Maybe no one defends Dirk and company's WOTN appearances because they dont have as many core (read:psycho) fans.

Anonymous Anonymous said...
Is it just me, or does it look like Robert Swift has his nails painted black in the picture you have to open your post?

Anonymous Anonymous said...
hi bawful, i am a huge laker/kobe fan and i have no problem with you pointing out his sometimes McGimpyesqe antics during a game. As a fan you must be able to see a player for who they really are and for all the clutch, sometimes unbelievable things kobe does,there are times where he comes up short. So he does not deserved any special treatment, especially on this blog. keep up the great work!

Anonymous Anonymous said...
Wow that was quite an update for DECEMBER 7th! :) Check the typo

And where are the pictures of the folks dressed in crab suits?

Anonymous Anonymous said...
Kobe probably would have eventually gotten some free throws if he forced the issue, but generally he was missing around the rim due to uncalled fouls.

I agree to the extent that I'd rather watch a fearless player like the old Wade for a single game, but maybe avoiding injury in a regular season game is okay, too.

You likely didn't watch the entire game. Kobe was unusually great throughout.

You get more comments in response to ripping Kobe because more people watch Kobe. Maybe Los Angeles has a lower average I.Q., or maybe you're just hearing from the retards and fanatics.

Anonymous Anonymous said...
Theres all these comments about players not being clutch, then it always comes down to a comparisons to Jordan. Jordan no doubt, was cltuch for his era, but he never had to face the zone defense in the NBA during the Bulls championship era, so the comparisons between him and every player playing today need to stop. This ain't the 1990s NBA league. I could go on for days talking about how much things have changed in the game in a decade. So go ahead, rip on all these guys all you want, just stop the Jordan comparisons already. BTW this is the best basketball blog site ever.

Blogger Drake said...
"Anonymous said...

Theres all these comments about players not being clutch, then it always comes down to a comparisons to Jordan. Jordan no doubt, was cltuch for his era, but he never had to face the zone defense in the NBA during the Bulls championship era, so the comparisons between him and every player playing today need to stop. This ain't the 1990s NBA league. I could go on for days talking about how much things have changed in the game in a decade. So go ahead, rip on all these guys all you want, just stop the Jordan comparisons already. BTW this is the best basketball blog site ever.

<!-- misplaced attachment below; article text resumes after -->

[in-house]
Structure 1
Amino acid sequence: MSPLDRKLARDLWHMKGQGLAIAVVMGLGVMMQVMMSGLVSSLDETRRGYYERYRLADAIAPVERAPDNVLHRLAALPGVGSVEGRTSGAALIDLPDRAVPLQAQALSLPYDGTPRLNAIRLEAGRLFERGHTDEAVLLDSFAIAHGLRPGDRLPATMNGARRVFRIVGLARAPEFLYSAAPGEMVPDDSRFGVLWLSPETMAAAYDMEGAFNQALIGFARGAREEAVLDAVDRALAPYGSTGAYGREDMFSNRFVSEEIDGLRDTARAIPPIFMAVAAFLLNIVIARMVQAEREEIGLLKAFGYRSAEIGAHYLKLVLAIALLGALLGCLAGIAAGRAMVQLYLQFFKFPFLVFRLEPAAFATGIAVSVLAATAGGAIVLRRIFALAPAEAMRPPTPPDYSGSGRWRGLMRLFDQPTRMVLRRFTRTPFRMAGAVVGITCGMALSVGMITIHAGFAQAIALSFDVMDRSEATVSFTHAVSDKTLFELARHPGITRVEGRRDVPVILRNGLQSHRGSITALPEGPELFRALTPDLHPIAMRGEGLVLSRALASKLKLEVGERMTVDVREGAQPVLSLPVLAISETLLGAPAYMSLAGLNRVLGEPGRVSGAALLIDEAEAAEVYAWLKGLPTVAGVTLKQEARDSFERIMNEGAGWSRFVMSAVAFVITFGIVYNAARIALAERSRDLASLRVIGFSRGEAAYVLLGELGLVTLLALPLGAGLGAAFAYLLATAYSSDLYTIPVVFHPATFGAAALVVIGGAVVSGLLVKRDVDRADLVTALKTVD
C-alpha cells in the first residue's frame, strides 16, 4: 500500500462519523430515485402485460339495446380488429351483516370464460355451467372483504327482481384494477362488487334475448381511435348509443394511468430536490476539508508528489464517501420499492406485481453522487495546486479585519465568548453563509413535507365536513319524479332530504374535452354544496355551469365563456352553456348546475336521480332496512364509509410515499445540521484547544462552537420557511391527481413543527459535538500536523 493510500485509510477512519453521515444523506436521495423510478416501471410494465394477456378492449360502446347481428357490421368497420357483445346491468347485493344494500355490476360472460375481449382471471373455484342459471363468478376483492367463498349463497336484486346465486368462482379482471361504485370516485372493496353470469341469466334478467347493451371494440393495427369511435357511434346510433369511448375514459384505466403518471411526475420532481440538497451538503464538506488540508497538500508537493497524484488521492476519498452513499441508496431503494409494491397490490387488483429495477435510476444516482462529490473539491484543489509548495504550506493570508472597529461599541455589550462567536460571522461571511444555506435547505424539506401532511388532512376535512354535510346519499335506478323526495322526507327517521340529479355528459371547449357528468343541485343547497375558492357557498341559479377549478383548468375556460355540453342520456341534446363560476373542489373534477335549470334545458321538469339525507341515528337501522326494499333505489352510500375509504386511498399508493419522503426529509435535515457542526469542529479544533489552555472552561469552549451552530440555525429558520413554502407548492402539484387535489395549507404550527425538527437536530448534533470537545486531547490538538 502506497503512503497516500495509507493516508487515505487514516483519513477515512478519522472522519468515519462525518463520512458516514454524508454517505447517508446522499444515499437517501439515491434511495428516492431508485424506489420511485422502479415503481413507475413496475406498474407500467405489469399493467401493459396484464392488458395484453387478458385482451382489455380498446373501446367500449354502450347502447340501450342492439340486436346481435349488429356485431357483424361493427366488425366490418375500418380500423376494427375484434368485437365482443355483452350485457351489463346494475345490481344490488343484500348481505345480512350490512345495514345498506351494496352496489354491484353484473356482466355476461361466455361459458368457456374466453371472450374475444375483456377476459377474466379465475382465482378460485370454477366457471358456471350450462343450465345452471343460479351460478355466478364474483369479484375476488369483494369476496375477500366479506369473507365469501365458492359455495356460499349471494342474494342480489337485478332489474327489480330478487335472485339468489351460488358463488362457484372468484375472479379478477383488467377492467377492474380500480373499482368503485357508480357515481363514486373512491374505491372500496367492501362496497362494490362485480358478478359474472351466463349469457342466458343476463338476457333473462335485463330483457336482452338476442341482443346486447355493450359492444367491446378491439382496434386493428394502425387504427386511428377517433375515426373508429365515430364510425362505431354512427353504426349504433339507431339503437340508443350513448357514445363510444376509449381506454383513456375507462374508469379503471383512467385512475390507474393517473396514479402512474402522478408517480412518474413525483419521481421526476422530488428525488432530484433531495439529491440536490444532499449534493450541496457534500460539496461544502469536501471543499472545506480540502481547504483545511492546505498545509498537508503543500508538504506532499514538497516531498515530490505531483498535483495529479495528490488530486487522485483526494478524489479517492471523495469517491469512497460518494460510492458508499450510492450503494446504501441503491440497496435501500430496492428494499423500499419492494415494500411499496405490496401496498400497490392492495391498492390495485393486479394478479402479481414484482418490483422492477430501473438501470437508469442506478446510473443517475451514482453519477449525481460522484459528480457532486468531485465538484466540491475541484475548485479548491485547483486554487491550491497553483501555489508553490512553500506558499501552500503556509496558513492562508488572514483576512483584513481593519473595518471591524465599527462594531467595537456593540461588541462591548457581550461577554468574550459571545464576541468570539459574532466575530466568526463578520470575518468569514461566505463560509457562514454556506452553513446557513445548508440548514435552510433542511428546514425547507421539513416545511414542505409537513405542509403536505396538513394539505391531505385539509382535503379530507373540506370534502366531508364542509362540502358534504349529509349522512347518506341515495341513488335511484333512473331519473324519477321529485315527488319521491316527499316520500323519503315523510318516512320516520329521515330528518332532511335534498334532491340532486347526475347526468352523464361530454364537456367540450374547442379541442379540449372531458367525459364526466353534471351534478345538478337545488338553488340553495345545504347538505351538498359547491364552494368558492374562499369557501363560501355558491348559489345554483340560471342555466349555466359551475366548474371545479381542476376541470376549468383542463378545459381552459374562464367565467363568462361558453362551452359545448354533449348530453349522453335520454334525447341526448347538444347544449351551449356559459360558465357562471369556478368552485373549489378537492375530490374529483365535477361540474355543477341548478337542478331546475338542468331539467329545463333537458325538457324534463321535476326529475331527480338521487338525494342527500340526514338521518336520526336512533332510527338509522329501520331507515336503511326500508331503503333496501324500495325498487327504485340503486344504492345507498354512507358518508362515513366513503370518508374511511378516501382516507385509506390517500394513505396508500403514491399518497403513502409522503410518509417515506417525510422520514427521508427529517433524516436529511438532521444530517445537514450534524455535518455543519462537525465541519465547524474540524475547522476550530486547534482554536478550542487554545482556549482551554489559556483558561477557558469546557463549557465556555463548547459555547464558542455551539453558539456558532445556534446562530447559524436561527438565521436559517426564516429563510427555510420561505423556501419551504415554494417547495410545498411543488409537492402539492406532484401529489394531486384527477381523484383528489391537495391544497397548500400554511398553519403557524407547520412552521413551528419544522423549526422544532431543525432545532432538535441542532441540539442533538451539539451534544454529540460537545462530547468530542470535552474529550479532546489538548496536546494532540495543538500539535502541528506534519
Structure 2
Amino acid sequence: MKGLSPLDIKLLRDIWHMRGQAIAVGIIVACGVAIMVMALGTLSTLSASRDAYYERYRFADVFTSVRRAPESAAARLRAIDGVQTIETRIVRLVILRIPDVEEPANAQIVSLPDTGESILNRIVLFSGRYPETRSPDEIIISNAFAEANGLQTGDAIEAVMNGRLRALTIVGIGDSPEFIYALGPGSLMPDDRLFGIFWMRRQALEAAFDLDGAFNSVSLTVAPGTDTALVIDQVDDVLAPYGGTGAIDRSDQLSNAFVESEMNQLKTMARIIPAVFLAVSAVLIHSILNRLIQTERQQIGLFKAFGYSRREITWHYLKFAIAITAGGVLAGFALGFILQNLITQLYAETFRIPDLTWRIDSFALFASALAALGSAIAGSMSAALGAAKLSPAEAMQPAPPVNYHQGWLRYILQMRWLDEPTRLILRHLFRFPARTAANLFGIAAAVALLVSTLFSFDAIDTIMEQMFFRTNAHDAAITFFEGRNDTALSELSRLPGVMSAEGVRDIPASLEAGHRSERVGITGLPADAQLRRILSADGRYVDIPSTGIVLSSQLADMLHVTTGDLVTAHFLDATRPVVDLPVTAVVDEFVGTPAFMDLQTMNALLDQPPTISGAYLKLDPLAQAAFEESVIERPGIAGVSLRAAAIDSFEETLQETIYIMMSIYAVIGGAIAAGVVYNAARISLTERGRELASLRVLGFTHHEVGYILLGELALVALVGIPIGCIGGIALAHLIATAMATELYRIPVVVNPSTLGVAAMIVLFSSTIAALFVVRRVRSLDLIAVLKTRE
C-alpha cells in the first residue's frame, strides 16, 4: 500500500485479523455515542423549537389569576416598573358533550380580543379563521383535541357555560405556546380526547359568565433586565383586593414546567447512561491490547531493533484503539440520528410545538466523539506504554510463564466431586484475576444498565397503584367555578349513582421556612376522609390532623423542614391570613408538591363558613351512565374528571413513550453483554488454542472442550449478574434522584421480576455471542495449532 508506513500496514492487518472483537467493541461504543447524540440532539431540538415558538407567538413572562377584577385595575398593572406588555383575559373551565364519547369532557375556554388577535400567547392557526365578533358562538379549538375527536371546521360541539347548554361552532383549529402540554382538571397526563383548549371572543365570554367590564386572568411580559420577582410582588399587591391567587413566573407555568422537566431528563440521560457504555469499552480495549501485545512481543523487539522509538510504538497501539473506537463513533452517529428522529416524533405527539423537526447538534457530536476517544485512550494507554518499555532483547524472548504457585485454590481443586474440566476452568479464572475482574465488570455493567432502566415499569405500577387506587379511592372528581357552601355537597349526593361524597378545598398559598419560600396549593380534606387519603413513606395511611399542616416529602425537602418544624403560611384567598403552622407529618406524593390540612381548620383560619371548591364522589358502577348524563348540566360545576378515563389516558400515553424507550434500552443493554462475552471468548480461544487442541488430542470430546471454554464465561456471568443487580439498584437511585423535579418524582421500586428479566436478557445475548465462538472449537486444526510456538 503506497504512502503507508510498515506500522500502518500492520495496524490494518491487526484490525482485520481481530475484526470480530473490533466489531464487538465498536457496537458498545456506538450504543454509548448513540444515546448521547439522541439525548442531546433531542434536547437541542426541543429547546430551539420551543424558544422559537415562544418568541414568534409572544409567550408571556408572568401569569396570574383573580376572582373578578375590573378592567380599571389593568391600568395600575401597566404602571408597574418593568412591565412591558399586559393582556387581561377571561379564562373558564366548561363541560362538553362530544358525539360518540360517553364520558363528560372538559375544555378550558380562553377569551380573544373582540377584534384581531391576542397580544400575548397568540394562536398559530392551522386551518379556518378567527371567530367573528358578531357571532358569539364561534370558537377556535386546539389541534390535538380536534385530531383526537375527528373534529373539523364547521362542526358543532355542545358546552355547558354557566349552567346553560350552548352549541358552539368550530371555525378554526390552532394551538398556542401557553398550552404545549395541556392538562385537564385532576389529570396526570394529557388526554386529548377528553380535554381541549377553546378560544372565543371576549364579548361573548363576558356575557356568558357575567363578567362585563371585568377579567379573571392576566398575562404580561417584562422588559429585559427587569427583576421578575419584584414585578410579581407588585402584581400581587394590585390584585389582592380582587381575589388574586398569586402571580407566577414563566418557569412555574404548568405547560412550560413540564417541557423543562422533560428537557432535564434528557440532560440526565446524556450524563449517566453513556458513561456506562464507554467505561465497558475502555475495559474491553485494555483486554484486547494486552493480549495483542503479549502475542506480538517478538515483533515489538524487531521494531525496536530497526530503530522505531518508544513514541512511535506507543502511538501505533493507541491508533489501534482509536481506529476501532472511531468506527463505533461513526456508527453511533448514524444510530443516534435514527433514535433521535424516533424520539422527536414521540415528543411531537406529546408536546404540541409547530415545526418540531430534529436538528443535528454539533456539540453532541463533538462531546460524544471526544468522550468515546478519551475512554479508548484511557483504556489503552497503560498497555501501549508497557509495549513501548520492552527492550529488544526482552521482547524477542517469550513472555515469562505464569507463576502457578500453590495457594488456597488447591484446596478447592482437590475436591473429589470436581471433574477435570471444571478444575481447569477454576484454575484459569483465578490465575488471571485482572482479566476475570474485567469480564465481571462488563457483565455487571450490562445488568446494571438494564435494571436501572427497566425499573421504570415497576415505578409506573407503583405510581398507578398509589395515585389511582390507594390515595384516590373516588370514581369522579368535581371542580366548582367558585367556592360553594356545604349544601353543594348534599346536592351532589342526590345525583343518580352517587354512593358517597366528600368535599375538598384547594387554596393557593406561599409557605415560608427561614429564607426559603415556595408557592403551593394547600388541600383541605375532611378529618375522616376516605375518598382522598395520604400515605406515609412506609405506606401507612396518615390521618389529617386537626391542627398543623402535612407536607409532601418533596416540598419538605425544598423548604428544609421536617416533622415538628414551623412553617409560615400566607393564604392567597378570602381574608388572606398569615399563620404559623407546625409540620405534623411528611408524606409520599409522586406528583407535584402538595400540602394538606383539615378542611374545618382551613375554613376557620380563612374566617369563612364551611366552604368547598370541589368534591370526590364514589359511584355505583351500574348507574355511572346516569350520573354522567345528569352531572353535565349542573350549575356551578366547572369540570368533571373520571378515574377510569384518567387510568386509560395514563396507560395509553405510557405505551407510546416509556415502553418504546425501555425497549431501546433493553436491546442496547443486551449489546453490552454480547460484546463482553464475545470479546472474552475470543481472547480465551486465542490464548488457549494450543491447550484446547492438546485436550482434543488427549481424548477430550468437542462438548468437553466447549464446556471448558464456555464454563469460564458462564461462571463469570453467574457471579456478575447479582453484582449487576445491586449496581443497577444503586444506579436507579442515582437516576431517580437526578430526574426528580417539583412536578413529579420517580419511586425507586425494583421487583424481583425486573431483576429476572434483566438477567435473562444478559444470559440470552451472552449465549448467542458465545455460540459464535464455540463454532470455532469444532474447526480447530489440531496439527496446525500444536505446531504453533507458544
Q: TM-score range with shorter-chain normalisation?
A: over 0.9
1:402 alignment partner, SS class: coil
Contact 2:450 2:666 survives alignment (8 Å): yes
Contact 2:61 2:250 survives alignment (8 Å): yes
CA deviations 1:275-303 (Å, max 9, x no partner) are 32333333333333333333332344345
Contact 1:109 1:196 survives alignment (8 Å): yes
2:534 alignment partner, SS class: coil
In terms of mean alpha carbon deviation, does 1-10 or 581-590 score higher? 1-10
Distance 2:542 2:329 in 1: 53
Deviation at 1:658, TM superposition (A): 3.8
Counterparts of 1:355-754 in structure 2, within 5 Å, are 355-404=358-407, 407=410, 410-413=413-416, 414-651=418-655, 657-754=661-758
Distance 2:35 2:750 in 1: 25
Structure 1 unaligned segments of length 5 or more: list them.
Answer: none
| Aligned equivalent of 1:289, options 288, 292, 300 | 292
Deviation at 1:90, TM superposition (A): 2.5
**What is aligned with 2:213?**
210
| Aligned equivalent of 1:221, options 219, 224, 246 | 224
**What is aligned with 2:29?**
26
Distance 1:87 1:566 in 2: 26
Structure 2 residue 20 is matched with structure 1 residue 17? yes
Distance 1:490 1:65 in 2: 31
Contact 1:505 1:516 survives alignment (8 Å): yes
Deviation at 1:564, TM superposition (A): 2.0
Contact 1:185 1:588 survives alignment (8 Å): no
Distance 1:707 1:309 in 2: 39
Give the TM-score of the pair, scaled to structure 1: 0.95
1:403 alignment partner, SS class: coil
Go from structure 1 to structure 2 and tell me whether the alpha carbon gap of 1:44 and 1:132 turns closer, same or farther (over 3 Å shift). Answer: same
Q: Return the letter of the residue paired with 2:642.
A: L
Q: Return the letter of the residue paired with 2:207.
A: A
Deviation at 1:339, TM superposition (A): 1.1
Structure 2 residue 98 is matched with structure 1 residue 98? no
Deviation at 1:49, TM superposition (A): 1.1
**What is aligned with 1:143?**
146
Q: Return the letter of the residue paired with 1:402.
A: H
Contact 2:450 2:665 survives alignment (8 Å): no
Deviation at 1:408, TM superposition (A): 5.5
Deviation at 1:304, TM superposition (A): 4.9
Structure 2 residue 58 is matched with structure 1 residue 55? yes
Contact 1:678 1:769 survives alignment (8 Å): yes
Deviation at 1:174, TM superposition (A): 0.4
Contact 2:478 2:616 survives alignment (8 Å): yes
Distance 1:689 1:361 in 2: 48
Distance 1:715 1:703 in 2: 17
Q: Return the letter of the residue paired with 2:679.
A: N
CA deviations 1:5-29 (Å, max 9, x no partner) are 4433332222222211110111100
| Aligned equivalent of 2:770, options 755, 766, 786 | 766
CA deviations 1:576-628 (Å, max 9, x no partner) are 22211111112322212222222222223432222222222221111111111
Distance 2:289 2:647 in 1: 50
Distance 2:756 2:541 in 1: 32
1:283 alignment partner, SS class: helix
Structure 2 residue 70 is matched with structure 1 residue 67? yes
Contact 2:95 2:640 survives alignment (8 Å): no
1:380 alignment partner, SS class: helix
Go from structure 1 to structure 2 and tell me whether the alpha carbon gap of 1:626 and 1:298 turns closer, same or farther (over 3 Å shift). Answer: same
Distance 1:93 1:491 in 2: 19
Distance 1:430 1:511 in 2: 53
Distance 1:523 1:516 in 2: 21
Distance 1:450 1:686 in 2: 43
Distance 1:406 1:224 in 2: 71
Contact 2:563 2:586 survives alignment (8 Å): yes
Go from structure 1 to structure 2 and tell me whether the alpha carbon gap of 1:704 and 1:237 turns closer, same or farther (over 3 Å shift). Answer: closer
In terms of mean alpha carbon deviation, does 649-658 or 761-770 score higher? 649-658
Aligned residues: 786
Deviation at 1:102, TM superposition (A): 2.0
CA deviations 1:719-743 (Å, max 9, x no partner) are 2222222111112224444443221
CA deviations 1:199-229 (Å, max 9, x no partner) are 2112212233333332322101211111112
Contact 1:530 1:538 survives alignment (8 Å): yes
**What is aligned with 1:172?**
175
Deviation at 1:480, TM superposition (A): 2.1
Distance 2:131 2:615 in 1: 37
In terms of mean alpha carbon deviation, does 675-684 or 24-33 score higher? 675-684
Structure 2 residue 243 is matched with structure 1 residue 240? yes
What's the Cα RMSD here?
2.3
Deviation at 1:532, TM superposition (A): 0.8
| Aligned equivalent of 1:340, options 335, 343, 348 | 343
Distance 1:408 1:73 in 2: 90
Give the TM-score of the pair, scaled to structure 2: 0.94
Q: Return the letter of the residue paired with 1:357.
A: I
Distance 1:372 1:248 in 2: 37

1/08/2009 2:02 PM"

True there were no 'legal' zone defenses back in the 90's. But teams did use quasi-zones and other zone-like tactics back then that didn't violate the illegal defense rules. I remember reading that these 'quasi-zones' gave the Bull's triangle offense the most trouble out of any defense.

And yes, the league has definitely changed since the 90's. Some were for the better, but I would argue mostly for the worse. How so?

- The 90's NBA seemed to be chock full of hombres, on virtually every team. There are too many pussies nowadays: I blame flopping.
- No 'legal' zone was allowed in the 90's. Fair enough.
- But then again, no hand checking is allowed on defense today.
- Don't believe that hand-checking is really that effective?

Ever play pickup ball? Try this: for a few possessions on D, put your hand on the shoulder of the player you're guarding. Then for a few possessions, guard the player without hand-checking him.

Provided the player is a good-enough player, which way of defending is it easier to keep in front of the player?
- Speaking of defense, the 90's NBA was a lot more liberal in terms of what defensive players could get away with. So defenses were a lot more roughshod on offensive players back then, i.e. the 90's New York Knicks, Indiana Pacers.

So you're right, there really is no comparison: defenses nowadays are just weak compared with defenses back in the 90's. The 07-08 Celtics back then would have simply been another solid defensive team.

In addition, players back then actually trained for the defense back then, naturally. Although he wasn't a 90's player, Adrian Dantley basic training over the summer was playing pickup ball with a bunch of friends where they basically fouled him as much and as hard as they wanted to, and he encourage it. Too many players today are looking to the refs for a call when they're being fouled.

Blogger Trev said...
"This ain't the 1990s NBA league. I could go on for days talking about how much things have changed in the game in a decade."

Your right with the crack down on hand checking in today's game Jordan would be averaging around 40 a game.

Blogger Wild Yams said...
Mr. Bawful, you really are going a little crazy here, on two points: making excuses for the Celtics and looking for anything possible with which to criticize Kobe. I think you're getting a bit carried away with the whole "every game is a Game 7" thing for Boston, and trying to say all these losses are Pyrrhic victories for the other teams because it takes so much out of them or whatever. The Bobcats got blown out by the Crabaliers in Cleveland because the Crabs are 18-0 at home, have the best record in the league, and oh yeah, the Cats suck. Can you say the Thunder got blown out by the Pups cause they left a part of themselves on the court in beating the Knicks, or is just cause Klahma City is a horrible team? I'm going with the latter.